Starry Night over the Rhone by Vincent van Gogh
Vincent van Gogh created the oil canvas Starry Night over the Rhone nine months before his more famous Starry Night, in 1888. The artist was intrigued by the challenges of painting at night and depicting night, which he considered more colorful than it seemed. “Night effects” agitated him, and became something that he was eager to represent in his art.
The masterpiece was painted not far from the House on the Place Lamartine, where the artist lived before he relocating to the Saint-Paul-de-Mausole asylum to rest from his emotional suffering. The night sky, the gas lighting, and the blue water of the Rhone were masterfully captured by van Gogh. He used blue and yellow–complementary colours–to enrich the brightness of the lights and their reflections in the river. For some reason, in this painting he didn’t place the Big Bear constellation in the sky accurately as he did in his two other starry night works, namely, Starry Night and Café Terrace at Night.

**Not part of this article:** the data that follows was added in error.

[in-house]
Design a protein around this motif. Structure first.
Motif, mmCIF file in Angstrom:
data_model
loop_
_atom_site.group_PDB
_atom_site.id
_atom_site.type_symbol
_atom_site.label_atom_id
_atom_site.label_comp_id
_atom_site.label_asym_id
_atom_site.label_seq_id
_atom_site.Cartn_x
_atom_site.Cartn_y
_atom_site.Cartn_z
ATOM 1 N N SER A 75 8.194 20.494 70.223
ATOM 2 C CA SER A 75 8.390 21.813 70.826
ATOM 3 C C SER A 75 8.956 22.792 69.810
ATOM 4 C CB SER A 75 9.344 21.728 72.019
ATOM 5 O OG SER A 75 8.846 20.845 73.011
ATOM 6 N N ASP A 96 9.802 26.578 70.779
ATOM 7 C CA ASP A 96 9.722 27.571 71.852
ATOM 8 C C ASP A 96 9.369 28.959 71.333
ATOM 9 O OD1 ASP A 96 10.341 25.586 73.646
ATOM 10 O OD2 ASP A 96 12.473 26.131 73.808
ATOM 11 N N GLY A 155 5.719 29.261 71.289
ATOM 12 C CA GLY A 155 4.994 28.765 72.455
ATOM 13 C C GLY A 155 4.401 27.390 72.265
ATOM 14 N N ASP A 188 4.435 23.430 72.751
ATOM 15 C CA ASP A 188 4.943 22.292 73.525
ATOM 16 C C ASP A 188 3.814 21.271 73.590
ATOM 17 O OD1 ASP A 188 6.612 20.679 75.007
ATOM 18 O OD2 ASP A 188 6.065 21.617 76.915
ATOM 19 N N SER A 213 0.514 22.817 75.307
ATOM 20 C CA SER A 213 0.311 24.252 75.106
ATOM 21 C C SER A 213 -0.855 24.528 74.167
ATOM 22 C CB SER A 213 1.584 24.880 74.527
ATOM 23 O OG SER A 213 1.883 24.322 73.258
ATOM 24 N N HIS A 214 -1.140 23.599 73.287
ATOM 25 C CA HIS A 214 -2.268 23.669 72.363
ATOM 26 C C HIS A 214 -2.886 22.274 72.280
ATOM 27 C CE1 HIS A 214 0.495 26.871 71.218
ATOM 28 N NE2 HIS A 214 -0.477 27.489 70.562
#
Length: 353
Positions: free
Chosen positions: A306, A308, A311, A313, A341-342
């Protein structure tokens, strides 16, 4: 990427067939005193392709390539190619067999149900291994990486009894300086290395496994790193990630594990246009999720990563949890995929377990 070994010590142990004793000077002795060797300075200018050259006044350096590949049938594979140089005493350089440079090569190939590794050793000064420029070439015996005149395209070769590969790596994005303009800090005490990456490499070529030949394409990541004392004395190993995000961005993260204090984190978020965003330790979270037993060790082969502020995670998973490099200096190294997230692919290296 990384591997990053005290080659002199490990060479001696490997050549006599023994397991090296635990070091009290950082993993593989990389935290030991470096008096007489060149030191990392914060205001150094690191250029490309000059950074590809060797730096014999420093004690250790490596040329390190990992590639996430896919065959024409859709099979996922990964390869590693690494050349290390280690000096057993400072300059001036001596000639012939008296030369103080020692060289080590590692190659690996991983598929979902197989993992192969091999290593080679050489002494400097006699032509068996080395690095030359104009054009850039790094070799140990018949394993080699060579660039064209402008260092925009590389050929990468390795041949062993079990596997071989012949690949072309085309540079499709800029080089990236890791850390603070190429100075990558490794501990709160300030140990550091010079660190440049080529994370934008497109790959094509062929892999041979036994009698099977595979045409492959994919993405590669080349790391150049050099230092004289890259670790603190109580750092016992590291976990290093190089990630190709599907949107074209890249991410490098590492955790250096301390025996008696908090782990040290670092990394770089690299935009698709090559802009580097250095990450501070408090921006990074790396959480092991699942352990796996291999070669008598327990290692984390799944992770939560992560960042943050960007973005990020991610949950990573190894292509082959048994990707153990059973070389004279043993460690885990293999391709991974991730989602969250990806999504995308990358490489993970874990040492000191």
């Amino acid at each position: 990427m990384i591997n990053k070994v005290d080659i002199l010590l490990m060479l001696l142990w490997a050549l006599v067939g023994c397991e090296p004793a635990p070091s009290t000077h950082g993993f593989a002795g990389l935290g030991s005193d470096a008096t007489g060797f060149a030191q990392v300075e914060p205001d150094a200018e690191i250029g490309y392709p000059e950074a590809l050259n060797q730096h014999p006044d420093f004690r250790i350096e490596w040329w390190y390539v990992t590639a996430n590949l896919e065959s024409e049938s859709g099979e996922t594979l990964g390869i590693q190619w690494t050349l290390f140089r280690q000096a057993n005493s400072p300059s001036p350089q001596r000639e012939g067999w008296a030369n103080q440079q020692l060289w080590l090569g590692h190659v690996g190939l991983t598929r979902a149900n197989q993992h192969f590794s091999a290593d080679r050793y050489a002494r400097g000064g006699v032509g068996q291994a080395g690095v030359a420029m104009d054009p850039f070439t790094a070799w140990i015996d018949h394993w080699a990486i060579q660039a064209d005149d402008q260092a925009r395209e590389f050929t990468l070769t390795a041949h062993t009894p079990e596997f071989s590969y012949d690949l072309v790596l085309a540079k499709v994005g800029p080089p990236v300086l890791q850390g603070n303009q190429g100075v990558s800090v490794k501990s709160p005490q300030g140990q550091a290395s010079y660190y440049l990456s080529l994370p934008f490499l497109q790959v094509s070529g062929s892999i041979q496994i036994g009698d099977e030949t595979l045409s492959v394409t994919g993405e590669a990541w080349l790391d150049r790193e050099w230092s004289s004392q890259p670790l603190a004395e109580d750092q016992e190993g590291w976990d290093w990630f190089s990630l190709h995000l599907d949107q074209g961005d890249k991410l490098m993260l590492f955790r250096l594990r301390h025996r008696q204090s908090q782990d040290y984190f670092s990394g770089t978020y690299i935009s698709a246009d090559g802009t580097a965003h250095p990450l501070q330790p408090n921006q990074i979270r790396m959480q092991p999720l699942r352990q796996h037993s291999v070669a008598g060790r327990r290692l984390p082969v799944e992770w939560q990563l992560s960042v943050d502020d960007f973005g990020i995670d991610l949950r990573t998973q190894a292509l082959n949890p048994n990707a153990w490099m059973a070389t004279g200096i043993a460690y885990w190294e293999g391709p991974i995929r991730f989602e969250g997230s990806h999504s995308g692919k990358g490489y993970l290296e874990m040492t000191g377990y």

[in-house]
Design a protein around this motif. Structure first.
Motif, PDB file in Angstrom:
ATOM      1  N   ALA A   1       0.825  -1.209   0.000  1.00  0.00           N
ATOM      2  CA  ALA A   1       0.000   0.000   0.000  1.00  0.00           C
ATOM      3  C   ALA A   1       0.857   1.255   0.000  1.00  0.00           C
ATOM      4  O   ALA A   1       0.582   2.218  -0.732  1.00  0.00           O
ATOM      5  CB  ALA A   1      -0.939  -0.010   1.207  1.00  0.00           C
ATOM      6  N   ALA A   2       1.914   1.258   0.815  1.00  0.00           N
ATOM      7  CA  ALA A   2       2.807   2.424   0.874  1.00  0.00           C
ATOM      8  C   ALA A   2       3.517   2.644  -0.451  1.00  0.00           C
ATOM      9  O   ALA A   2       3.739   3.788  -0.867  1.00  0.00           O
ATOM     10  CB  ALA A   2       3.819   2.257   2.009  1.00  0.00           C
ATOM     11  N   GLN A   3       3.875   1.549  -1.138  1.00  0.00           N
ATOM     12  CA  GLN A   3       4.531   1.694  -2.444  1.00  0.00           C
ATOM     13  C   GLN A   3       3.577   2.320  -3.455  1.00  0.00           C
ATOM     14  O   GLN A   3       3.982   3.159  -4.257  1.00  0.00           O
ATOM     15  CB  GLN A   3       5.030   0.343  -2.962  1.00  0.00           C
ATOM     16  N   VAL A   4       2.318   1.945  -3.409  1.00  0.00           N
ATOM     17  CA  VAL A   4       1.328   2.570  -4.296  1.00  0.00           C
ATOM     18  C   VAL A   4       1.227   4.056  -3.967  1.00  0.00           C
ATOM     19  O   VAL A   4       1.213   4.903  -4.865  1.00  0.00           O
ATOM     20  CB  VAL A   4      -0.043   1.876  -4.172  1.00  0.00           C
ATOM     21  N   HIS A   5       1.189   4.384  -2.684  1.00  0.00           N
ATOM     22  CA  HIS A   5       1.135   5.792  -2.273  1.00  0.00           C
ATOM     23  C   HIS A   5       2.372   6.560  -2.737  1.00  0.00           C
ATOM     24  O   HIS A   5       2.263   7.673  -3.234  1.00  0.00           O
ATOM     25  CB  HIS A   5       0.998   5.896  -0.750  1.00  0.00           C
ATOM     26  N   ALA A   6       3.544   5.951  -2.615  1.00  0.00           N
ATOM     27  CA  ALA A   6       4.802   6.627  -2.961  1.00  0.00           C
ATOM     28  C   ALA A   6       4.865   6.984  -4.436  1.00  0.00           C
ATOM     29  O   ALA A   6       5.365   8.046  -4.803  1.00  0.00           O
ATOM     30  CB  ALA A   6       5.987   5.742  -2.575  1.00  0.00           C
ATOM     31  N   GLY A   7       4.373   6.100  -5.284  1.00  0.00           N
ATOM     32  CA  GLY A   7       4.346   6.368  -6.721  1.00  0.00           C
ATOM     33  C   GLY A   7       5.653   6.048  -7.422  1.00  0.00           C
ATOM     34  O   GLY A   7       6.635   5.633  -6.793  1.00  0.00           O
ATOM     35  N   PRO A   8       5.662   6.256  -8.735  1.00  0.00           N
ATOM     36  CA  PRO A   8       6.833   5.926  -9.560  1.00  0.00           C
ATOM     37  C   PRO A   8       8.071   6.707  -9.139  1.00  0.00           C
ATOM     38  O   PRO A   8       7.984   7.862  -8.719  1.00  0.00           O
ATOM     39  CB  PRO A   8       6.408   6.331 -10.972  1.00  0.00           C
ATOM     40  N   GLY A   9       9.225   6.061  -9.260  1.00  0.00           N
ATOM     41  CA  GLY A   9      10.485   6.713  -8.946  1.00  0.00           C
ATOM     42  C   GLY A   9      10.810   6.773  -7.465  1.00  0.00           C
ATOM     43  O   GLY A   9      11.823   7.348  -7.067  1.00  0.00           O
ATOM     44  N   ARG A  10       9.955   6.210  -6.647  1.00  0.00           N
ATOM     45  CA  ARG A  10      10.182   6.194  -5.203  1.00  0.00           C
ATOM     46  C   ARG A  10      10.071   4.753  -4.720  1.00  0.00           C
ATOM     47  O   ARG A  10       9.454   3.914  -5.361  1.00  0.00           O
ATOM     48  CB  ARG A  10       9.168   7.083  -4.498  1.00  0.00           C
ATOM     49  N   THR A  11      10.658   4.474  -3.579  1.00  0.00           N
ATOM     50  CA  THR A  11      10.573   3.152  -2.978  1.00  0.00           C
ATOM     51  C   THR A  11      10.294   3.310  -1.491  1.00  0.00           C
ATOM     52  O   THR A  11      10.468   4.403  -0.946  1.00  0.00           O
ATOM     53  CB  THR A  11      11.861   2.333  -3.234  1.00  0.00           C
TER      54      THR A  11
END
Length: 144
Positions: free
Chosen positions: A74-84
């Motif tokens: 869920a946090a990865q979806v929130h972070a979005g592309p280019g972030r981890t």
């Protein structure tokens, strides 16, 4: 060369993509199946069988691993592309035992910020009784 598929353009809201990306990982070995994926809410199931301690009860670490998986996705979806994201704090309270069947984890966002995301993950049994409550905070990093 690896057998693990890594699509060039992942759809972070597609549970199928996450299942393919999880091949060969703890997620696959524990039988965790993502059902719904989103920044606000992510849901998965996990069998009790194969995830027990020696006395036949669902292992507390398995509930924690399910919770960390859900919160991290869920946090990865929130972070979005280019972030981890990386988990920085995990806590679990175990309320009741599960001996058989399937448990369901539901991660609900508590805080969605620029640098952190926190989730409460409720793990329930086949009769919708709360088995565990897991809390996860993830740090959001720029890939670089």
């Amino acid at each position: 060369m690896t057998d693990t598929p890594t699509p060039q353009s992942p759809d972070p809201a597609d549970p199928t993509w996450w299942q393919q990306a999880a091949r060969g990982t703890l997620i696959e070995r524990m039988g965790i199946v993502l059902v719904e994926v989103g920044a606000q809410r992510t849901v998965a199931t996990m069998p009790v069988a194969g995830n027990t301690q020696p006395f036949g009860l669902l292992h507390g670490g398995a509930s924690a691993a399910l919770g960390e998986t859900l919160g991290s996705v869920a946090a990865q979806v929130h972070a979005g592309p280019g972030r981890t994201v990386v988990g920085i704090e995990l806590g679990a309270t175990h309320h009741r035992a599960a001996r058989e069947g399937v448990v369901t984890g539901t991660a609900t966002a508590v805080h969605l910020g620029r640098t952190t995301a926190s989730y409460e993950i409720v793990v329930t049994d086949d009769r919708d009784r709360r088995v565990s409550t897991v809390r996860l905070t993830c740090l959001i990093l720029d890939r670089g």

The painting was first displayed at an annual exhibition of the Society of Independent Artists in Paris in 1889. It was one of a few works by van Gogh that was shown publicly before his death.
Since 1975, the artwork’s home has been in the Musée d’Orsay in Paris. The canvas is evaluated between $200 and $300 million dollars.